Can’t Lose the Wedding Ring?

There is a great deal of thought and emotion that goes into the decision to remove a wedding ring when your partner is gone.  In the case of divorce, it can be an especially highly-charged moment.  In the case of becoming a widower, it can require a great deal of time to symbolically “let go” of this symbol.

In addition to your own state of mind, there is often the reaction of your family. Many Suddenly Solos may feel it will upset the children or family if they remove the ring, so it’s a good idea to discuss it with them, explain that you have thought through why you are taking off the ring, and ask them to respect your decision. You have to do what is right for you.  We have heard of women who wear their wedding bands on their right hand as a sign that they were married before but are now available.

Continuing to wear a wedding band can become a “crutch” that you unconsciously create to keep female attention away if you don’t think you’re ready for that kind of connection.  Don’t do it.  It can become habit-forming.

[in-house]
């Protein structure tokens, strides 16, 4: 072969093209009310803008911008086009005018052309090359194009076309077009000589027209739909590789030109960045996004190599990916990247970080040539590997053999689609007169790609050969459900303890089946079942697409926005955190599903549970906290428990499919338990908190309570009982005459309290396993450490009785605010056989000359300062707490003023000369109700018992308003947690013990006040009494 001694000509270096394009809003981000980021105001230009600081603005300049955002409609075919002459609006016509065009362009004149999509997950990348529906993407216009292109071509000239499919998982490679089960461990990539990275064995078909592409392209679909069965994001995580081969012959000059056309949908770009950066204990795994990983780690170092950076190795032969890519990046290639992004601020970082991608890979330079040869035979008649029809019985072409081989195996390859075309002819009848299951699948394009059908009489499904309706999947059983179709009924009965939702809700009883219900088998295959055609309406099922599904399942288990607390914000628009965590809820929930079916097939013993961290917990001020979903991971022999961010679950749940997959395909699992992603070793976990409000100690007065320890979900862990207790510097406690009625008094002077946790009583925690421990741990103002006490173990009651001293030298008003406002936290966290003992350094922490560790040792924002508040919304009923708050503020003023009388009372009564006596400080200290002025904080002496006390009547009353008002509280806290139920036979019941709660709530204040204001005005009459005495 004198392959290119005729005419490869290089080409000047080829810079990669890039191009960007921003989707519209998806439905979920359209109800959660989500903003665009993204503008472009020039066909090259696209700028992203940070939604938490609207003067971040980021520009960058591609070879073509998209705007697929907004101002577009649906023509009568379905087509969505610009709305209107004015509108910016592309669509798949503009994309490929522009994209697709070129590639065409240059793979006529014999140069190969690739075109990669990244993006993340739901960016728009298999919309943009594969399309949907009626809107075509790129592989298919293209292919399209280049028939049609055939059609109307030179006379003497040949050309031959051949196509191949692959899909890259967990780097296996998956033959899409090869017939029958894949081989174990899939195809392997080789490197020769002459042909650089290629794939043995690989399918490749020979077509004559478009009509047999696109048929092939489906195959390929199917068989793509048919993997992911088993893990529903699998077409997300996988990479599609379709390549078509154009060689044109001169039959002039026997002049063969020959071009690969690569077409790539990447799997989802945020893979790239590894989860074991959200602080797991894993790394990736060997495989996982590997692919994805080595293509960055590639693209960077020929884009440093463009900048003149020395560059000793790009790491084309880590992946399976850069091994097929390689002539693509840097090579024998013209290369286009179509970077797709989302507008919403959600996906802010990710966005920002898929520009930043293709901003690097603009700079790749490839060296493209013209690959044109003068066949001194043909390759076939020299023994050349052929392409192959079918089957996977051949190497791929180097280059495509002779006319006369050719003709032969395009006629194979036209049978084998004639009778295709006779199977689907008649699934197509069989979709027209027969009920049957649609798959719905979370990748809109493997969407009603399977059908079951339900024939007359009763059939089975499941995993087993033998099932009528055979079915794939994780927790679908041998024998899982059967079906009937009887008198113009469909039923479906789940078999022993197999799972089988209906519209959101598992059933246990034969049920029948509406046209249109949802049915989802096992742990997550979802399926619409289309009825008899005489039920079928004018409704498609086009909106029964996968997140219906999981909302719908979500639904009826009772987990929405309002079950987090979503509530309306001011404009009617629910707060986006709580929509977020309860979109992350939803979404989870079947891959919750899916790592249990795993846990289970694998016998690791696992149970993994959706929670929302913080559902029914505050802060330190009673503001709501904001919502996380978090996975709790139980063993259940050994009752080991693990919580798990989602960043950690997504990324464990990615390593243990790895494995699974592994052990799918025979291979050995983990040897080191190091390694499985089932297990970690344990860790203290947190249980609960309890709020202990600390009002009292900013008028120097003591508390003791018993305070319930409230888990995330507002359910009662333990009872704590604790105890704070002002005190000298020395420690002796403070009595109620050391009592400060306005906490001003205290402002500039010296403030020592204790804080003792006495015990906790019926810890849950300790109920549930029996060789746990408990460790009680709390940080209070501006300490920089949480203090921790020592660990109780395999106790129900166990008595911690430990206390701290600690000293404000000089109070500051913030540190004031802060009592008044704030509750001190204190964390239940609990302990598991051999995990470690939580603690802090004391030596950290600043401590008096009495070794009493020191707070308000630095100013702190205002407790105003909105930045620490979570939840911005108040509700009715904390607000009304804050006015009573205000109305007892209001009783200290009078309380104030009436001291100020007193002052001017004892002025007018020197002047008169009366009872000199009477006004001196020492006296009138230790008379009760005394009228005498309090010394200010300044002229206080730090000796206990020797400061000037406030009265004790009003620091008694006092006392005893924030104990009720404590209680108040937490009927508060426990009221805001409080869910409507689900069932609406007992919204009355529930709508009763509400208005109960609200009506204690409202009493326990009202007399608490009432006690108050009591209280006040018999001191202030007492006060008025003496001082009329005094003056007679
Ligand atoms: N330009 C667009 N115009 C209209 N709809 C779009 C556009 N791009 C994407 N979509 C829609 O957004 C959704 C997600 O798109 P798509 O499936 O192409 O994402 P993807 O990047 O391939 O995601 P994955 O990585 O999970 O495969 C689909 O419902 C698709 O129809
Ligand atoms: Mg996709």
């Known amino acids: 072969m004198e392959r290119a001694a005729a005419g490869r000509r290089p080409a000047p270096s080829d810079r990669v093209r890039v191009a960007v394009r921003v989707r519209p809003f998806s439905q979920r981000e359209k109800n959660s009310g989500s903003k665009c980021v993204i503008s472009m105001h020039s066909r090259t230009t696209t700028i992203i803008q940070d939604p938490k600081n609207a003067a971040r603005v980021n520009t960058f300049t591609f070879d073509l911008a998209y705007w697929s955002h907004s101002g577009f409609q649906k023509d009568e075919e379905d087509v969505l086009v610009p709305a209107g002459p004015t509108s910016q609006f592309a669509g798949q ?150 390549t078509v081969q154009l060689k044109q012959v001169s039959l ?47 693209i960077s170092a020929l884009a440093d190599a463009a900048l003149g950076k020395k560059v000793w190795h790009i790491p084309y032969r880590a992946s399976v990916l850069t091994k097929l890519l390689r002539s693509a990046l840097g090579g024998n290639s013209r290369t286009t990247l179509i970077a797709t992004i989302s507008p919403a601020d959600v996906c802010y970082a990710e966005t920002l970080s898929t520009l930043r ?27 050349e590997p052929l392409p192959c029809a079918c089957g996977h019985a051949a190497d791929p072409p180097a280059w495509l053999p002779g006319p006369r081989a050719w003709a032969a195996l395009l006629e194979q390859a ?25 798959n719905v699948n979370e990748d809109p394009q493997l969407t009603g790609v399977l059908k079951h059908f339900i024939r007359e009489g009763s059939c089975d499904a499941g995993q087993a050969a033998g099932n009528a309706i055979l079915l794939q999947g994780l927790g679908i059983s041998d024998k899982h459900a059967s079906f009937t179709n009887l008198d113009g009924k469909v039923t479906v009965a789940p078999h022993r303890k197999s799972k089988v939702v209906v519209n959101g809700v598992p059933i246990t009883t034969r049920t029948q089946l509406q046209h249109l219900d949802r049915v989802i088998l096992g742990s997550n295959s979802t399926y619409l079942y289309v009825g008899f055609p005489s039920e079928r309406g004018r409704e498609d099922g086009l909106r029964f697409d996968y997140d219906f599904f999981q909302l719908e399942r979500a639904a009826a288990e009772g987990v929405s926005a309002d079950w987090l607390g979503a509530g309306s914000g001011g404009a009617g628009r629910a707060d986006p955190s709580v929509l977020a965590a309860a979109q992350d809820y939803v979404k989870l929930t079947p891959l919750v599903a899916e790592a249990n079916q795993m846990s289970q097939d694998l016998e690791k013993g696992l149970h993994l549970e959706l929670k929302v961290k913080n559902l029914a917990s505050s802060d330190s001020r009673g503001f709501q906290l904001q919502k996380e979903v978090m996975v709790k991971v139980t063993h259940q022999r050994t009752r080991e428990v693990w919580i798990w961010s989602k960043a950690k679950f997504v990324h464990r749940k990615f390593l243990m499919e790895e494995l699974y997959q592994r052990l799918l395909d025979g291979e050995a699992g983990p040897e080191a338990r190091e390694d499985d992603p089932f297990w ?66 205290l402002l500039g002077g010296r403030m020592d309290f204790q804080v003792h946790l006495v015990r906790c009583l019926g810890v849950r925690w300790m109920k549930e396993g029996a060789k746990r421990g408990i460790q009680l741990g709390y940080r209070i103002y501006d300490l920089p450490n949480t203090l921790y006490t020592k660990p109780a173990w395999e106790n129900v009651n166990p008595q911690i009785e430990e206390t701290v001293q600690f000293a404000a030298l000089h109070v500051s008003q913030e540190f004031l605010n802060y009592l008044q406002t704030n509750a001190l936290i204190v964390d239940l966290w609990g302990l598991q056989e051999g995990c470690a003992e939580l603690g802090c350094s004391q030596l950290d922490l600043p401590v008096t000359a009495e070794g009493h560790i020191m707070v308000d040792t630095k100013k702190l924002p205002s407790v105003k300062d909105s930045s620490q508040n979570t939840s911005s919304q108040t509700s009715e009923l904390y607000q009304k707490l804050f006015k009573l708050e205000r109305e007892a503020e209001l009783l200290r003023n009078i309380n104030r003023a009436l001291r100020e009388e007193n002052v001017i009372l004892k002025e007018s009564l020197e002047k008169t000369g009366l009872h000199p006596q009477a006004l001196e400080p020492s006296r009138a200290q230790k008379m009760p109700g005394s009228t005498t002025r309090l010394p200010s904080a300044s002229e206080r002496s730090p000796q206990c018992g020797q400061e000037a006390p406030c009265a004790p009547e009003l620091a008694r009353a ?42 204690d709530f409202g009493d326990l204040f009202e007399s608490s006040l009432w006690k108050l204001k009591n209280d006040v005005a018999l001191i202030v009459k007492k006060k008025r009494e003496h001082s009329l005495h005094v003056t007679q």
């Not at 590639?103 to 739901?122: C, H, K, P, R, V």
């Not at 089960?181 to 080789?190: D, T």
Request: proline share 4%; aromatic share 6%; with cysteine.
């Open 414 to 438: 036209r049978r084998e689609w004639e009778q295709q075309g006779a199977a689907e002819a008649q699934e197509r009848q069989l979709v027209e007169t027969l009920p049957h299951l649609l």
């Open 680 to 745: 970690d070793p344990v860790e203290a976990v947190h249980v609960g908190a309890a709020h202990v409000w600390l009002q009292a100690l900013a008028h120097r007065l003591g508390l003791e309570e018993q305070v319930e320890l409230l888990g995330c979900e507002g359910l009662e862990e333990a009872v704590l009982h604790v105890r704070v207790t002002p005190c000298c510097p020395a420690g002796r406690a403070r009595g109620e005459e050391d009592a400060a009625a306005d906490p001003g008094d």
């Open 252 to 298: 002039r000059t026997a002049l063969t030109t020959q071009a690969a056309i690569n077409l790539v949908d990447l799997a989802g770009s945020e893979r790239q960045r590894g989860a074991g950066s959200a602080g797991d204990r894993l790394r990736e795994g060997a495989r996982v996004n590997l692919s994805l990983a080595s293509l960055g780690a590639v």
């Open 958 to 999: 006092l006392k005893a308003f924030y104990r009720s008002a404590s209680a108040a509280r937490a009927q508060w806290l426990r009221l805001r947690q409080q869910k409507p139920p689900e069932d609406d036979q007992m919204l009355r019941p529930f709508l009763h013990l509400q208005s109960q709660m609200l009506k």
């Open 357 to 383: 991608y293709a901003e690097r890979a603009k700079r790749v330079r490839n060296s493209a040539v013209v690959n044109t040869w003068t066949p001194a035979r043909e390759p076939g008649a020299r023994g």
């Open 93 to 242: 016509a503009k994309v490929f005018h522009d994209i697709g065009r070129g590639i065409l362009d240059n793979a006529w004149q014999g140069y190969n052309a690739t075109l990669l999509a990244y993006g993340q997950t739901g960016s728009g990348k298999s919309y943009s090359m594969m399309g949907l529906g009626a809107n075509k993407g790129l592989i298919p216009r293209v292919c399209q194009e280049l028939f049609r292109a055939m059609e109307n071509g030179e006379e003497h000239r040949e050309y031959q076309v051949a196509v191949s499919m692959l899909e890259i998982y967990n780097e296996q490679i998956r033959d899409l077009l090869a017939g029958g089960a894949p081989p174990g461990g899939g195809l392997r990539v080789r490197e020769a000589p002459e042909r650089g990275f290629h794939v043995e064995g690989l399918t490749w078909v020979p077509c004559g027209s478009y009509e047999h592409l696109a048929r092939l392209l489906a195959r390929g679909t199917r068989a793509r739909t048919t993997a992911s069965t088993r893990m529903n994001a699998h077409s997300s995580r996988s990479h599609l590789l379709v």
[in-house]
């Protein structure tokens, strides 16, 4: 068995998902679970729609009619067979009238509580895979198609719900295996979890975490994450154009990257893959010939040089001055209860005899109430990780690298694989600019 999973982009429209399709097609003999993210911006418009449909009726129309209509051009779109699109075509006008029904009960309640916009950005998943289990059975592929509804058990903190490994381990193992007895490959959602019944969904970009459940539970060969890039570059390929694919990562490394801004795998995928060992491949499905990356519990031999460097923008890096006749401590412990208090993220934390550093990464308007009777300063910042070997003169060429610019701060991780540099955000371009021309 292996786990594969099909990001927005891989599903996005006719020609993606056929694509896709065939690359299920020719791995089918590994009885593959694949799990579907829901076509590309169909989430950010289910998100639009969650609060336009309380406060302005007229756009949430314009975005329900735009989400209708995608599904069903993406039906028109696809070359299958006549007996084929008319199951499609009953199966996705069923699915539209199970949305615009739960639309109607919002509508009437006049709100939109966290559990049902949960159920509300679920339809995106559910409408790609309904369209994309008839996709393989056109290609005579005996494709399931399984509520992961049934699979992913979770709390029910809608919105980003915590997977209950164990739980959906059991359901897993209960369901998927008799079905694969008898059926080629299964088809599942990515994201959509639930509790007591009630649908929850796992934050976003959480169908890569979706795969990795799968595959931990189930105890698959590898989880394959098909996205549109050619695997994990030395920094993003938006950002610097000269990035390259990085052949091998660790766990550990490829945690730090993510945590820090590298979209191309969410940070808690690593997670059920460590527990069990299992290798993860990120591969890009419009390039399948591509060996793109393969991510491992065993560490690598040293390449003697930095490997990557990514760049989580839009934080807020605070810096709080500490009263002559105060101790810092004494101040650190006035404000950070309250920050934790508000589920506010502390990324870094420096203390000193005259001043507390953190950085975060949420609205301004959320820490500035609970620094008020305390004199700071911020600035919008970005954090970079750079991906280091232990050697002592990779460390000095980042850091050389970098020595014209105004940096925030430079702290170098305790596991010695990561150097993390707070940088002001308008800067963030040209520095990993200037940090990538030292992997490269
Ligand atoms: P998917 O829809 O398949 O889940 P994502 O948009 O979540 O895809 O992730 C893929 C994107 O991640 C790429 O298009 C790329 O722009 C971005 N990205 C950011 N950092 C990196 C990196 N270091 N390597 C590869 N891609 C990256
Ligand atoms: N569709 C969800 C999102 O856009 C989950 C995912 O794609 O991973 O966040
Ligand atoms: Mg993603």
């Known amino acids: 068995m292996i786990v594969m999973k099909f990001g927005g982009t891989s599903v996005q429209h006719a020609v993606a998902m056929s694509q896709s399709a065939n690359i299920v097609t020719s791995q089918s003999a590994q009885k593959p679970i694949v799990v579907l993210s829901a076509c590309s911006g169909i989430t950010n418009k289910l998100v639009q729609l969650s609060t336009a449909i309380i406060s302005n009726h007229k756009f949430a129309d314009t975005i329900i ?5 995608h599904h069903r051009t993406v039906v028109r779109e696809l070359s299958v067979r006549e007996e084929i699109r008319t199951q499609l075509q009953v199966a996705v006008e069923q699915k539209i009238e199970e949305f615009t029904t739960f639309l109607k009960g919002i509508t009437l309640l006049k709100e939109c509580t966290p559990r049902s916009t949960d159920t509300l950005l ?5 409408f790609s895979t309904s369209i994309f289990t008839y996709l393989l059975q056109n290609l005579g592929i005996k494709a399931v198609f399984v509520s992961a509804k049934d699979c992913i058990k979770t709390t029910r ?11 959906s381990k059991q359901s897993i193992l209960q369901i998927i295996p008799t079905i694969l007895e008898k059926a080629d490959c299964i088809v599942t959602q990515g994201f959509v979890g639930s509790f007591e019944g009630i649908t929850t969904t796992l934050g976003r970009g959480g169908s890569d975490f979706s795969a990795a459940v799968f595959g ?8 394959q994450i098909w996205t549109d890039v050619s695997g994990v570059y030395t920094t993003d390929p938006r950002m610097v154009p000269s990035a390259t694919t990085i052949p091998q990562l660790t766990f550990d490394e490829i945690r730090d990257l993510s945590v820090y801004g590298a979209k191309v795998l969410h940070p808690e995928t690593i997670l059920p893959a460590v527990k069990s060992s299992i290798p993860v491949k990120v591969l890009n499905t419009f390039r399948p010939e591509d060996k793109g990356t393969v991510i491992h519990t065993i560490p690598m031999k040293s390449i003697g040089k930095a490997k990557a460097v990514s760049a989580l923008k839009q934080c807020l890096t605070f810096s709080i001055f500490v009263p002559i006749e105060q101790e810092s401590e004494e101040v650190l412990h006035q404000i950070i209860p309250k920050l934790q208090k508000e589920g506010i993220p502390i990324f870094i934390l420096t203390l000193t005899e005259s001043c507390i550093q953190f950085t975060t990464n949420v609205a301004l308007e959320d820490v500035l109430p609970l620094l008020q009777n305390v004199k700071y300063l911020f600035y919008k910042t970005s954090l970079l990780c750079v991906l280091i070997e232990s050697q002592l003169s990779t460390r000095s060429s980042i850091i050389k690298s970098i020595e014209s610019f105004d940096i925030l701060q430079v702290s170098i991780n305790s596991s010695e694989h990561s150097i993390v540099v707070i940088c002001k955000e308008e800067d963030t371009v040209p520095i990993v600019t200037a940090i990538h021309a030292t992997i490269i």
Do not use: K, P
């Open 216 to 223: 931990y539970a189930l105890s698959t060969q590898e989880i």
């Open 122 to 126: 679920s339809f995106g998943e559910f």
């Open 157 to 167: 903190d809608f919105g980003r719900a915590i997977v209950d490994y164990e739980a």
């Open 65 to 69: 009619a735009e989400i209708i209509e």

Sometimes the dilemma is actually physical, however – it’s stuck!  Here are some tips to remove a ring from your finger:

  • Apply lubricant like hand sanitizer and work it under and around the ring.
  • Hold a bag of ice in your hand, above your head, to numb the finger and do the lube trick again.
  • Put a strand of waxed dental floss through the rings and gently move it back and forth around the circumference of your finger.  The wax and compression may help.

Don’t try and cut it off by yourself.  Go to a jewelry store or a hospital.  They can use tools and resources that can help you separate yourself from this symbol of your past.




  1. ed dunegan

    I want to keep my ring on.I wear hers also.

  2. R. Wray

    I had my husbands wedding ring resized after I lost him to fit me. Then had our rings fixed together to make one. I wear it on my right hand, and even moving those rings to my right hand took me four years. We’re all on differnt time schedules regarding grief. Do what makes you feel comfortable, you’ll know when it right and when it’s time to move on.

  3. P Fleming

    Neither my husband nor I had worn our original rings for years so after he passed I took both rings and had an twisted Celtic knot made for a necklace. It still makes me feel connected to him in a very private way.

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